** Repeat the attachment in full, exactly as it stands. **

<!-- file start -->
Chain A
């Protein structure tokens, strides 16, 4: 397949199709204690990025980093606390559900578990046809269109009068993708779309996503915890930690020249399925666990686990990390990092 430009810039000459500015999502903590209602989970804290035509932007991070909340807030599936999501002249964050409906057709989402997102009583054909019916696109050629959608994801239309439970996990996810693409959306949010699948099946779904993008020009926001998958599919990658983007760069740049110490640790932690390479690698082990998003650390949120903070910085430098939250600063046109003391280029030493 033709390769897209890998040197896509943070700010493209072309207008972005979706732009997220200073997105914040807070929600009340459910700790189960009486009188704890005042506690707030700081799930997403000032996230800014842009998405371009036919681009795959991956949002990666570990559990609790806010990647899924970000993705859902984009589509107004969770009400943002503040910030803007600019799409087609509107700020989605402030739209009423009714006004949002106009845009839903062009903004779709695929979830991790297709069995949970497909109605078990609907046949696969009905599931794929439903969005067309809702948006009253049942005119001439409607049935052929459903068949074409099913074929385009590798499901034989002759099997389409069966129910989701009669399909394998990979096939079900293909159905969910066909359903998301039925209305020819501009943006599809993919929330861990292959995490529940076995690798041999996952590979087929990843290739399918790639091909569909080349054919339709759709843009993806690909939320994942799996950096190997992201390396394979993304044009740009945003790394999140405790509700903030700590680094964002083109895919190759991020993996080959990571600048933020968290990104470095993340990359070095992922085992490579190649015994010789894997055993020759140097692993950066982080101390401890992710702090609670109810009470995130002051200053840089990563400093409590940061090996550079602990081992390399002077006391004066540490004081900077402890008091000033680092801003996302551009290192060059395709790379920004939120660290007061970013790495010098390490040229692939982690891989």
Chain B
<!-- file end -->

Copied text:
Chain A
């Protein structure tokens, strides 16, 4: 397949199709204690990025980093606390559900578990046809269109009068993708779309996503915890930690020249399925666990686990990390990092 430009810039000459500015999502903590209602989970804290035509932007991070909340807030599936999501002249964050409906057709989402997102009583054909019916696109050629959608994801239309439970996990996810693409959306949010699948099946779904993008020009926001998958599919990658983007760069740049110490640790932690390479690698082990998003650390949120903070910085430098939250600063046109003391280029030493 033709390769897209890998040197896509943070700010493209072309207008972005979706732009997220200073997105914040807070929600009340459910700790189960009486009188704890005042506690707030700081799930997403000032996230800014842009998405371009036919681009795959991956949002990666570990559990609790806010990647899924970000993705859902984009589509107004969770009400943002503040910030803007600019799409087609509107700020989605402030739209009423009714006004949002106009845009839903062009903004779709695929979830991790297709069995949970497909109605078990609907046949696969009905599931794929439903969005067309809702948006009253049942005119001439409607049935052929459903068949074409099913074929385009590798499901034989002759099997389409069966129910989701009669399909394998990979096939079900293909159905969910066909359903998301039925209305020819501009943006599809993919929330861990292959995490529940076995690798041999996952590979087929990843290739399918790639091909569909080349054919339709759709843009993806690909939320994942799996950096190997992201390396394979993304044009740009945003790394999140405790509700903030700590680094964002083109895919190759991020993996080959990571600048933020968290990104470095993340990359070095992922085992490579190649015994010789894997055993020759140097692993950066982080101390401890992710702090609670109810009470995130002051200053840089990563400093409590940061090996550079602990081992390399002077006391004066540490004081900077402890008091000033680092801003996302551009290192060059395709790379920004939120660290007061970013790495010098390490040229692939982690891989």
Chain B